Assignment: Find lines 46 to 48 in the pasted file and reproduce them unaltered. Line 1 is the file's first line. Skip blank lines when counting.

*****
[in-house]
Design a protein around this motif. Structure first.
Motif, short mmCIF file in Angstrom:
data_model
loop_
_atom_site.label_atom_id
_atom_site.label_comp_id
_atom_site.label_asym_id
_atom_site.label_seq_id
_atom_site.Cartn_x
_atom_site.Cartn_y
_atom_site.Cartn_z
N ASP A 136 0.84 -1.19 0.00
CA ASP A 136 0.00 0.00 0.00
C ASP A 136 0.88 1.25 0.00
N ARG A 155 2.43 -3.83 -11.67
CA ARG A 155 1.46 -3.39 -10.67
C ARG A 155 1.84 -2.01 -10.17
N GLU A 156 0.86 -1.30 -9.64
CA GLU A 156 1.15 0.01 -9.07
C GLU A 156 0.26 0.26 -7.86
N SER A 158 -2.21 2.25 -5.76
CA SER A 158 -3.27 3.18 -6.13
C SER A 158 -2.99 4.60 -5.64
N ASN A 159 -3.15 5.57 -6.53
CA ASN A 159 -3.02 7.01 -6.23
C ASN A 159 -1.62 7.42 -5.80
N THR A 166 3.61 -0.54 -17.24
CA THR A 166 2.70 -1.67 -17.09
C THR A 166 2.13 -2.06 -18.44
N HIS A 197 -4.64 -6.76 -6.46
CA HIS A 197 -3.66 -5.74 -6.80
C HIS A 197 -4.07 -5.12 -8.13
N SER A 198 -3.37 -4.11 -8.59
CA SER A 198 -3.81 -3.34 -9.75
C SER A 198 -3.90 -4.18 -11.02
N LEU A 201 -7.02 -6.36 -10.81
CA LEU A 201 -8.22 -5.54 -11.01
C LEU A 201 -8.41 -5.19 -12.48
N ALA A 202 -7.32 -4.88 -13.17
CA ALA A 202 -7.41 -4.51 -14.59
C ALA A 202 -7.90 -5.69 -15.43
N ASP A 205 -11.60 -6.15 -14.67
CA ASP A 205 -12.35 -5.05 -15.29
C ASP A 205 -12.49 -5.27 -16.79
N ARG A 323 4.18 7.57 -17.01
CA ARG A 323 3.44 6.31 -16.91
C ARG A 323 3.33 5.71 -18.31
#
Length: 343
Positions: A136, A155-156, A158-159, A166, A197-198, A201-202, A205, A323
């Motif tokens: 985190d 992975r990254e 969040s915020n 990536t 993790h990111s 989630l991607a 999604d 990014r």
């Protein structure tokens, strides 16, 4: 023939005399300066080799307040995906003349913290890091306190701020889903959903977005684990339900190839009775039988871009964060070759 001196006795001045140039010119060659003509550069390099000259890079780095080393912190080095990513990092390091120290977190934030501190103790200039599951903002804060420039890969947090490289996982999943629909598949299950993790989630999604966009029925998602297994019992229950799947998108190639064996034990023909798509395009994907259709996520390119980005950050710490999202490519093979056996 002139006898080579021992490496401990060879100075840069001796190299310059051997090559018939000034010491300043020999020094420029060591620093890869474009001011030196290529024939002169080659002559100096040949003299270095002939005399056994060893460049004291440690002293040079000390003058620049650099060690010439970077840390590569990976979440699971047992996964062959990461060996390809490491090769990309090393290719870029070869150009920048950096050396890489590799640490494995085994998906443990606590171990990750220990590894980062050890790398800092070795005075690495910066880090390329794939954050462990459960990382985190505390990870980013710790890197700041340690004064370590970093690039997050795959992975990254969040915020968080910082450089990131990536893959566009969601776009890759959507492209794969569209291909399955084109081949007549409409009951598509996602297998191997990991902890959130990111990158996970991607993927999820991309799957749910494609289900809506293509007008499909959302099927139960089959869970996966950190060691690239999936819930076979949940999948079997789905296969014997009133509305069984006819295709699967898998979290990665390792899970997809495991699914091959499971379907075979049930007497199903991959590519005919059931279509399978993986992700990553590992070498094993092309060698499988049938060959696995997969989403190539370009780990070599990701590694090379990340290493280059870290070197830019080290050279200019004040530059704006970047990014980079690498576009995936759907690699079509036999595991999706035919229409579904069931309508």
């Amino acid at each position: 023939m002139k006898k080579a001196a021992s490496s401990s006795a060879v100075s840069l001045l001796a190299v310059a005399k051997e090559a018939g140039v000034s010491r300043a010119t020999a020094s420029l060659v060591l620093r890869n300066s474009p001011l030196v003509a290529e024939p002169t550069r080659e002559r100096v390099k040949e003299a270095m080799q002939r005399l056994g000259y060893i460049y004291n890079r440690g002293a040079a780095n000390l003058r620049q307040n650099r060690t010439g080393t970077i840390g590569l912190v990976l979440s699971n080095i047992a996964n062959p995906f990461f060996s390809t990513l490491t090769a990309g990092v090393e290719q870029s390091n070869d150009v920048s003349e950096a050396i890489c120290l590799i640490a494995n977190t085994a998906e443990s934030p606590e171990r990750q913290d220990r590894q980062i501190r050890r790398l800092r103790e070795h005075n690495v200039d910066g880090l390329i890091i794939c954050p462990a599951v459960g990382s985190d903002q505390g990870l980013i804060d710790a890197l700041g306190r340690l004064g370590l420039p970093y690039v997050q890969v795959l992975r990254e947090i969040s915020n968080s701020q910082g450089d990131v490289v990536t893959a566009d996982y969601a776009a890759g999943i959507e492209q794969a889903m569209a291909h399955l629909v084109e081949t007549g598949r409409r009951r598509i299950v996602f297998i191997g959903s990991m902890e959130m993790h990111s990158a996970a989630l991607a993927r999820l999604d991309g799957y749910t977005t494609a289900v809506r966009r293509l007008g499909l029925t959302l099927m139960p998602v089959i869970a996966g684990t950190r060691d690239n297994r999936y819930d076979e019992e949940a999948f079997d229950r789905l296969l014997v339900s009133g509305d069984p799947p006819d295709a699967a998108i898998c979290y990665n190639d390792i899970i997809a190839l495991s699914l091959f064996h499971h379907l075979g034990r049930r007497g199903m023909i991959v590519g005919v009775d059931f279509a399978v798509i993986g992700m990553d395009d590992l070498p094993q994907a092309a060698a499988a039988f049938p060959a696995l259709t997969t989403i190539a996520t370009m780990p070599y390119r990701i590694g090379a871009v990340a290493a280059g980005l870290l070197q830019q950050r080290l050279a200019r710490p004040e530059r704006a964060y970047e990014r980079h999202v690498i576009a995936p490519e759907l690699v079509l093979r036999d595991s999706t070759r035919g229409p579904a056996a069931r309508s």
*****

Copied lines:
N ARG A 323 4.18 7.57 -17.01
CA ARG A 323 3.44 6.31 -16.91
C ARG A 323 3.33 5.71 -18.31